Teforia is currently accepting orders for a limited number of ‘early customer’ units that will start shipping throughout the US in Spring 2016 for $US699, so if you have friends or family visiting mid next year, it might just be worth adding a Teforia to your Christmas 2016 wish list.

June Intelligent Oven

One of the stressors of the Christmas season is the dinner – who’s cooking it, what are you going to eat, when are you going to eat it, and so on. The June Intelligent Oven might just be the solution to the problem, or at least go some way towards alleviating it. The June was created by a team that helped to bring innovations like the iPhone, FitBit and GoPro to life. The front of the oven is made of transparent, triple-glazed glass, and instead of having numerous knobs and dials; June only has one, complemented by an integrated touch screen built into the door. Inside the oven are heat-efficient carbon fibre coils, which can preheat the oven to 350 degrees in just two minutes.

The idea is that if you want to make chocolate brownies, for example, June will know just how long to bake them to make them crispy on the outside and gooey on the inside. It does this through the internal camera, which recognises what is being cooked and adjusts the temperatures and times accordingly. There is also a clever probe that talks to the oven as the food cooks.

“By the time the door is closed, the June knows what you’re cooking, how much it weighs. And if you use the integrated thermometers [probes], it can cook it to your preference perfectly,” according to June co-founder, and ex-Apple engineer, Nikhil Bhogal. The June oven can also communicate with your devices, allowing you to peak inside the oven from your iPhone, or get a notification when the meal is done. June ovens can be reserved now for an upfront deposit of $US95, and will cost $US1,495. They are slated to launch within the US in 2016, although aren’t yet available for international shipping.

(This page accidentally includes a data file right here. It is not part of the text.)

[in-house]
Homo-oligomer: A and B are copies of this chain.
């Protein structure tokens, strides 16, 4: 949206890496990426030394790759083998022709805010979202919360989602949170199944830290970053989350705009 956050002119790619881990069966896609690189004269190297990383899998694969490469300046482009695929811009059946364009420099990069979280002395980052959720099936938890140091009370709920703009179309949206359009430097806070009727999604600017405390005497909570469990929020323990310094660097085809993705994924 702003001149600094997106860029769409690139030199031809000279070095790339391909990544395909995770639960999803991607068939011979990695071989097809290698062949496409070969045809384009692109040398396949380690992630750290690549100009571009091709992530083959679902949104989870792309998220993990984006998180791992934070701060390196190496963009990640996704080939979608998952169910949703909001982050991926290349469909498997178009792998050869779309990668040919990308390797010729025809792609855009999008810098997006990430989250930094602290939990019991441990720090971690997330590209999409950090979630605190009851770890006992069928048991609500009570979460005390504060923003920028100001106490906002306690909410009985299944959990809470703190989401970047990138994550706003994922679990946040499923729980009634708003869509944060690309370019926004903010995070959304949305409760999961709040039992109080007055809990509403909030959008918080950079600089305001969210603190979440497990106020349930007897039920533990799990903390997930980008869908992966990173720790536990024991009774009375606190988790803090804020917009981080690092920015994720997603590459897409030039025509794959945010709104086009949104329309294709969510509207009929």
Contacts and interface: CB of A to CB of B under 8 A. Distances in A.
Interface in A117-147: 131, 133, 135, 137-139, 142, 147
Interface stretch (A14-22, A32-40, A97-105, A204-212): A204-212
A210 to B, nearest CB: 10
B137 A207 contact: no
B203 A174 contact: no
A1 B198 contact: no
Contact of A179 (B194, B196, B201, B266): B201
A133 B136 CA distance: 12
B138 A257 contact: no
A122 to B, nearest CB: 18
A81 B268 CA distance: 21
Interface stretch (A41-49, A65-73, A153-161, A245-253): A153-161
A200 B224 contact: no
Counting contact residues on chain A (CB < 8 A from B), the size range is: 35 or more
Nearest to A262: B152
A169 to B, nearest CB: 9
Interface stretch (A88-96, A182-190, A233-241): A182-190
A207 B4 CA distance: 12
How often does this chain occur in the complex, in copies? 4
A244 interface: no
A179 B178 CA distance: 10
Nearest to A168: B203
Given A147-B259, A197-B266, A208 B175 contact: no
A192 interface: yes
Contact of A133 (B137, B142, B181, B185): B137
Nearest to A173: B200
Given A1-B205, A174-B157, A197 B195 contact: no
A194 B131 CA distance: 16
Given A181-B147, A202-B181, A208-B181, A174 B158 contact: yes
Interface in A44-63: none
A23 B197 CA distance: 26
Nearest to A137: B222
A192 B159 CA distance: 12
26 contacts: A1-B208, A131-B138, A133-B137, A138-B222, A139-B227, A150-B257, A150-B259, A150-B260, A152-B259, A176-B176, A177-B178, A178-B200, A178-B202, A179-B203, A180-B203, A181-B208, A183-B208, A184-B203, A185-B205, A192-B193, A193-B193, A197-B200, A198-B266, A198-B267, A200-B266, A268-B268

Steem caffeinated peanut butter

Here’s a slightly more affordable innovation. Over the past few years New Zealand, and indeed the world, has been through something of a peanut butter renaissance, with craft peanut butters popping up left, right, and centre. Think Wellington based Fix & Fogg, Nelson’s Pic’s, or Whittaker’s peanut butter-filled chocolate. Now a small peanut butter company in Greenfield, Massachusetts has created a product called STEEM; a caffeinated peanut butter that promises to keep you alert and energised, without the crash typically attributed to your morning flat white. The theory is that two tablespoons of STEEM contains 150mg of caffeine – roughly the same amount as in a double espresso – but because it takes our bodies a while to actually digest the peanut butter itself, we are given an extended release of caffeine as opposed to an upfront surge. Currently STEEM peanut butter is being sold in the US for $US4.99 and will ship to anywhere in the world, including New Zealand. But be warned, a single jar will cost you somewhere in the region of $32.

For more Previously Unavailable ideas and innovations, check out previously.co.